“The emails, the horrible emails of the kind of money that you were raking in, you and your family,” Trump said, citing a “news conference” held just hours before the final debate, and “what he said was damning.”
It was a reference to a charge Biden’s campaign has denied: that he held a meeting with an official at the Ukrainian company where Hunter sat on the board. The New York Post claimed the alleged cache of Hunter Biden emails supplied by Giuliani includes evidence of this, but the emails alone don’t substantiate the claim.
Trump didn’t go any deeper before the former vice president got to answer. Biden volleyed back with an attack on Trump’s taxes, leaning on reporting from The New York Times that reported on a “secret bank account with China,” as Biden put it.
“Russia’s paying you a lot. China’s paying you a lot,” Biden continued. “And your hotels and all your businesses all around the country, all around the world. And China’s building a new road to a new — a golf course you have overseas. So what’s going on here? Release your tax returns or stop talking about corruption.”
Trump leaned on an old crutch, arguing his tax returns were under audit and unveiling a new contention that he “prepaid” millions of dollars in taxes in advance.
By this point, a viewer could be forgiven for losing track of the debate. Even fewer were likely to be swayed by what they were hearing. But Trump wasn’t done yet, accusing the Obama-Biden administration of “[spying] on my campaign” — an overstated claim Trump has made repeatedly, but which lacks context and evidence regarding the U.S. law enforcement investigation into possible ties between Trump’s 2016 campaign and Russia. Trump also aired long-held grievances about his own impeachment.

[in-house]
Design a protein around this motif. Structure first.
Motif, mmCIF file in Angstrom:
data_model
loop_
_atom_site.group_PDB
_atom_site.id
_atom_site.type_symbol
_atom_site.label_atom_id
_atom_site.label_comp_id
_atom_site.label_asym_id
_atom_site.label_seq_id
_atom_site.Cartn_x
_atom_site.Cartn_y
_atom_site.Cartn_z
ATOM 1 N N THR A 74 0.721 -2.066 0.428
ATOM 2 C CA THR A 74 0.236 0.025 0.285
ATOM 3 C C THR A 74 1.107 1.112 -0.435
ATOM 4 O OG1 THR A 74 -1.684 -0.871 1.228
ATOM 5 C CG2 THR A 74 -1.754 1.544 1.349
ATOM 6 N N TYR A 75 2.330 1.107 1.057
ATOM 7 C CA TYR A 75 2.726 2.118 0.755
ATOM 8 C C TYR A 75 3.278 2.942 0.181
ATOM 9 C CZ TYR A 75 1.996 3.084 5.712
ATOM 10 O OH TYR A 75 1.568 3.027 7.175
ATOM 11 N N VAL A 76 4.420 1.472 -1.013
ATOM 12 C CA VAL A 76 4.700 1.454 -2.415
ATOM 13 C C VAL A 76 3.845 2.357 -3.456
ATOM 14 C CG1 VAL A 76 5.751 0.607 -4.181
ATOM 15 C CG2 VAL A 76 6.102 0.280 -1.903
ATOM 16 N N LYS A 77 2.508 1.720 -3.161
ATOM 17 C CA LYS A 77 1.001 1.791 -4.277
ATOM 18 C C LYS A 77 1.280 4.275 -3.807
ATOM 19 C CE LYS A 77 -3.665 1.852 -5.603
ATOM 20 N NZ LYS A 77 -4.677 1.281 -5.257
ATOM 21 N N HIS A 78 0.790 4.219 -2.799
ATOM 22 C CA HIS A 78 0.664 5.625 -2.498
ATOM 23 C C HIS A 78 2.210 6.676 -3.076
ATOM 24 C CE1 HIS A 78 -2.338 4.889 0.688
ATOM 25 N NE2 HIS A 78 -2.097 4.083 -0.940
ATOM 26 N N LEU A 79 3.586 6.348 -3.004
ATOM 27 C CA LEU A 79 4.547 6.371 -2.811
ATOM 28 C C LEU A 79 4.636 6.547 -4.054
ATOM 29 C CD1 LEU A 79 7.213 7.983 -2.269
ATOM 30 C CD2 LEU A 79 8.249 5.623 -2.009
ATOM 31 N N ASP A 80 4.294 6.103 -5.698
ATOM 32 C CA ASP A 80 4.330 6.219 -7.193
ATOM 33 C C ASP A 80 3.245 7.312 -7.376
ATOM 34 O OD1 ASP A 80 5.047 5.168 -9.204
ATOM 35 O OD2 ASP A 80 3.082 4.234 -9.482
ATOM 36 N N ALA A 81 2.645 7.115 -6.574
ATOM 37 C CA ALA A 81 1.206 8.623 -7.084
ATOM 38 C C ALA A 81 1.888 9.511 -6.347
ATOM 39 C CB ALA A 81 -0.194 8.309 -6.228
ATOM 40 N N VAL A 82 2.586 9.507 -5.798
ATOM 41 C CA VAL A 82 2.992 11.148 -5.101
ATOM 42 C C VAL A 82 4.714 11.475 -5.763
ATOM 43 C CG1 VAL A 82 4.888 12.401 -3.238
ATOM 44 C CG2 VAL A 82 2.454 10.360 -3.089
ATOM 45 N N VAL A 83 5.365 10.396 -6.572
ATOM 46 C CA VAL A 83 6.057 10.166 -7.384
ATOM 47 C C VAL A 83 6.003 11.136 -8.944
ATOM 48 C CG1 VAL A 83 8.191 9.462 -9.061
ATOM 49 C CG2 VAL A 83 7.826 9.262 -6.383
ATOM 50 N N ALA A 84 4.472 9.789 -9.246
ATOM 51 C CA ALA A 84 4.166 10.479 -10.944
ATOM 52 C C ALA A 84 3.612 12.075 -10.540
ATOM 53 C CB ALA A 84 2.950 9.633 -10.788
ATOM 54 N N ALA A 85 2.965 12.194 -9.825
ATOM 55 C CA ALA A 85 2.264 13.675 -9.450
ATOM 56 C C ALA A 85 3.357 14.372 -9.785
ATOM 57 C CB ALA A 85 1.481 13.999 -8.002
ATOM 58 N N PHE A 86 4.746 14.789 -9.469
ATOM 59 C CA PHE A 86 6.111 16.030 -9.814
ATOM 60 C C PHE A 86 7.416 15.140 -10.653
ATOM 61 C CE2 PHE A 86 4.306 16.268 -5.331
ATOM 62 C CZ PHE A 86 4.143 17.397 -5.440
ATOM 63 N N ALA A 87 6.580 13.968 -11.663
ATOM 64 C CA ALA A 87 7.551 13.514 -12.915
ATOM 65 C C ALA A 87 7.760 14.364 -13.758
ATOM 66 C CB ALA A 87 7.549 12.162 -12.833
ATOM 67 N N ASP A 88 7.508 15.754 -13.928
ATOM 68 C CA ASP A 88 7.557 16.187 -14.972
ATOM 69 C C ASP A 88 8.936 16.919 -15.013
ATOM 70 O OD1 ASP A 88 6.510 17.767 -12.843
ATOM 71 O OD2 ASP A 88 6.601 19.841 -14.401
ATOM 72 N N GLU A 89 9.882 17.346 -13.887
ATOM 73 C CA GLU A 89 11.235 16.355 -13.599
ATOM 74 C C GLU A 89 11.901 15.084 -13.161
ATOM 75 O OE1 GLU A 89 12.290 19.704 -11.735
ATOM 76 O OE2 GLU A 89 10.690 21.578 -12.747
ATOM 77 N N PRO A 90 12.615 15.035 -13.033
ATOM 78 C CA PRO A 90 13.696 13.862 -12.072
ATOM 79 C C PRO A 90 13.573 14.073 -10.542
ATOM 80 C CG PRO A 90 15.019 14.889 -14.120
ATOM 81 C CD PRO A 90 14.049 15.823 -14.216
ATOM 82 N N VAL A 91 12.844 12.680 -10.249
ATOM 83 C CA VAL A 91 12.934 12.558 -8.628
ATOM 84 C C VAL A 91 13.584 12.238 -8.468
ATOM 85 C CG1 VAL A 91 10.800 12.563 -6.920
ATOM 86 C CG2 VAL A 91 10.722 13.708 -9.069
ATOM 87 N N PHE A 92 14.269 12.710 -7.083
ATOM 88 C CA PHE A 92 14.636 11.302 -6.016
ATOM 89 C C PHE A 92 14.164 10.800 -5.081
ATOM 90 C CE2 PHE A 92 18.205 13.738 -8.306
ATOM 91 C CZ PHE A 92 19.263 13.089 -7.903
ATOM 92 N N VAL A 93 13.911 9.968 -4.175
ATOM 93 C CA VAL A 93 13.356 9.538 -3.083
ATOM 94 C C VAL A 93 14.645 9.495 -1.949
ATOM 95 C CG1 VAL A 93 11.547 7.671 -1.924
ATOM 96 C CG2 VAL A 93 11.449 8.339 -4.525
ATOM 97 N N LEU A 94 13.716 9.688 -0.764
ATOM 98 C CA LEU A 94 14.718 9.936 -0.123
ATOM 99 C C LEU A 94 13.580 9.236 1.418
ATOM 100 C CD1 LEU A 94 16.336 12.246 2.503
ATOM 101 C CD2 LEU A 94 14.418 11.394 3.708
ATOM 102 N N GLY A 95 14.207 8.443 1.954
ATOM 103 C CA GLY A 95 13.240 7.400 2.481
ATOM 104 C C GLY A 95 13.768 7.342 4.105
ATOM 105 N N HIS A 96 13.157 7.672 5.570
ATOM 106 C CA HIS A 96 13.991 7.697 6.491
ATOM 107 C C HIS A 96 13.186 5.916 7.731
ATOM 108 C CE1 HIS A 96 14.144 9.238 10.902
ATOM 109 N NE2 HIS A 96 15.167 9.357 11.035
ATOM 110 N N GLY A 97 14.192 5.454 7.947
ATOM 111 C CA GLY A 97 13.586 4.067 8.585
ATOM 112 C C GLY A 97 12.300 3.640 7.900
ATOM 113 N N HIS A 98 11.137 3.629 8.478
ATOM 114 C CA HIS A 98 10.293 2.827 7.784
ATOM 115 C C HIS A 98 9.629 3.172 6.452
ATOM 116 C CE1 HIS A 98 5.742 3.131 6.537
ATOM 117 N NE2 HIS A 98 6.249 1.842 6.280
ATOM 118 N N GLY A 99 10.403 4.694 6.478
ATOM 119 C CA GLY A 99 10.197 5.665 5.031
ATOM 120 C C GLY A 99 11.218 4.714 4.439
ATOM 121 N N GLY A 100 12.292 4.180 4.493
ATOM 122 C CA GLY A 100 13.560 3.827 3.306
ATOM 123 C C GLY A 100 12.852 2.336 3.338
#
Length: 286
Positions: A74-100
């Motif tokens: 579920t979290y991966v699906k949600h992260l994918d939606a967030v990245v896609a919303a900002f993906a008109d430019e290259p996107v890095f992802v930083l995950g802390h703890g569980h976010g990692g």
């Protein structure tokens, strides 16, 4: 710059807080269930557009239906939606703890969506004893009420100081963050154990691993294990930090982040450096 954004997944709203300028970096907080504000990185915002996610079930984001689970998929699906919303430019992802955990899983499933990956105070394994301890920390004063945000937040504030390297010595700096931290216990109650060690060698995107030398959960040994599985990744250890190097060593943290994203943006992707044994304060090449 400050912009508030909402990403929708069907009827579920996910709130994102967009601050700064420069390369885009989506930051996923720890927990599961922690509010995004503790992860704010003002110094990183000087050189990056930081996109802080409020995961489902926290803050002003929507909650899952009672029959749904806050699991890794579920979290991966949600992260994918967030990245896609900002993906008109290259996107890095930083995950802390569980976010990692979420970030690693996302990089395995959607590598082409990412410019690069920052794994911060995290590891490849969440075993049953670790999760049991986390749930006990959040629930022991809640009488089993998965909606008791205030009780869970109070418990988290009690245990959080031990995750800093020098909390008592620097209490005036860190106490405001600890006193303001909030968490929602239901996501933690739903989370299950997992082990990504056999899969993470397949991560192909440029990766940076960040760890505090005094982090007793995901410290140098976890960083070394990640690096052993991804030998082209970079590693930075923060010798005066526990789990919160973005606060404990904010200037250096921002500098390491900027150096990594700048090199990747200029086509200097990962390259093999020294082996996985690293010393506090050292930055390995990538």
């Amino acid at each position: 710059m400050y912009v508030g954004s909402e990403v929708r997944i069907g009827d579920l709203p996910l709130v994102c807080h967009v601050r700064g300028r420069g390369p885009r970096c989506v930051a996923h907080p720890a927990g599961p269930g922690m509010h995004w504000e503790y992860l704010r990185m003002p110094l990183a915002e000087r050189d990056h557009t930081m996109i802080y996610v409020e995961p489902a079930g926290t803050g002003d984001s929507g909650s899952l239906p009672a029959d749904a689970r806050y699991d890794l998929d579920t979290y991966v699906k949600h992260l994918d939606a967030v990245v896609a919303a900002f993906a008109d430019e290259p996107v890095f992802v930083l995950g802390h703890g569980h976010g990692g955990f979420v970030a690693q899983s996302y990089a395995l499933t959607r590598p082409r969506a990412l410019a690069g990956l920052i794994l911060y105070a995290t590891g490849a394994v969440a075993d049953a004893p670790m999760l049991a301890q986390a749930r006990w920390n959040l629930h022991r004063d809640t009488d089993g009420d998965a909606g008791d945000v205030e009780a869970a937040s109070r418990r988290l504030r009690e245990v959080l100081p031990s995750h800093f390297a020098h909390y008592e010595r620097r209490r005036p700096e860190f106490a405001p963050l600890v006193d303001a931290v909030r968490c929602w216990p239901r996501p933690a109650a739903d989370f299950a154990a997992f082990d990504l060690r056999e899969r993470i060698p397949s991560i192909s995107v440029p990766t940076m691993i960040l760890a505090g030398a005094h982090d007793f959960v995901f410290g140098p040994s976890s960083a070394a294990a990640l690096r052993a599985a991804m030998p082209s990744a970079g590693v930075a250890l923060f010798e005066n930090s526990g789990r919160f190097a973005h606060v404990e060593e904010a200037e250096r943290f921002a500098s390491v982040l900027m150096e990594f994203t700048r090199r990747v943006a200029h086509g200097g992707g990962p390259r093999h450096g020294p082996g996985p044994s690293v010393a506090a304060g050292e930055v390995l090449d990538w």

Welker interjected by posing individual questions, confronting Biden over Hunter’s business in Ukraine. Biden again contended that nothing his son did was unethical and that it didn’t affect Biden’s role in U.S. policy. Biden pointed to testimony of witnesses during Trump’s impeachment proceedings as evidence that “not one single solitary thing was out of line.”
“The only guy that made money from China is this guy,” Biden added, motioning to Trump. “He’s the only one. Nobody else has made money from China.”
Trump, taking the I’m-rubber-you’re-glue approach, stepped in to accuse Biden’s “son, his brother, and his other brother are getting rich. They’re like a vacuum cleaner. They’re sucking –”
Welker cut Trump off, reminding him: “Okay. President Trump, thank you. We do need to move on.”
Welker briefly steered the debate into trade policy, with Biden and Trump arguing over whether Trump’s standoffs have harmed the heartland.
“I just gave $28 billion to our farmers,” Trump said.
“Taxpayers’ money,” Biden replied. “Taxpayers’ money. It didn’t come from China.”
“You know who the taxpayer is,” Trump shot back. “It’s called China.”
He went on about penalizing China for “killing our steel industry.”
Welker asked Biden to respond, giving the former vice president a change to inject a favorite buzzword into the final debate.
“My response is look, there’s a reason why he’s bringing up all this malarkey,” Biden said. “There’s a reason for it. He doesn’t want to talk about the substantive issues.”